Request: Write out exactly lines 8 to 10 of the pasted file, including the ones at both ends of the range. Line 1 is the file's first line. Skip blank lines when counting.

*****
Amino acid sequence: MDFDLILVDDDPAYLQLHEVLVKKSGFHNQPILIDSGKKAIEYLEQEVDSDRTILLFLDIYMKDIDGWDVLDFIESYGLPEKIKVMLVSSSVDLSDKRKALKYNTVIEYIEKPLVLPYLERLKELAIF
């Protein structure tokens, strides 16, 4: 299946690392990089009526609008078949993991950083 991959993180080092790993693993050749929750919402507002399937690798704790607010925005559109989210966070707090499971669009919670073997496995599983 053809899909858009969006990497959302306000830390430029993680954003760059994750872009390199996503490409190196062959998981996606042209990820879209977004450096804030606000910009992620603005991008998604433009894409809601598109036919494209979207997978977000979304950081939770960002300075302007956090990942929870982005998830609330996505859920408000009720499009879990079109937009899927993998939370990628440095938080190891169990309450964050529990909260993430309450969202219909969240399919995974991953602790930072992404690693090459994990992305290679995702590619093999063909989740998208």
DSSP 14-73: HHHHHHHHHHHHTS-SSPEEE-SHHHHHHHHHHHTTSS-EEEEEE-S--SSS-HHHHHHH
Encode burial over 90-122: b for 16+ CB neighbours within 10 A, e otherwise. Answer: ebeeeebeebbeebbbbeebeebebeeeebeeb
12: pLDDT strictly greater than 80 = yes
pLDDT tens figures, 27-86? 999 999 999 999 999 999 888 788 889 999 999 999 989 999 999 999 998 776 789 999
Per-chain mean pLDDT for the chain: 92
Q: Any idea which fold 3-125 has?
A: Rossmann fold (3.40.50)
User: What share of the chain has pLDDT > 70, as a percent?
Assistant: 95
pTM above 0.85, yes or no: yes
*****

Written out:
Q: Any idea which fold 3-125 has?
A: Rossmann fold (3.40.50)
User: What share of the chain has pLDDT > 70, as a percent?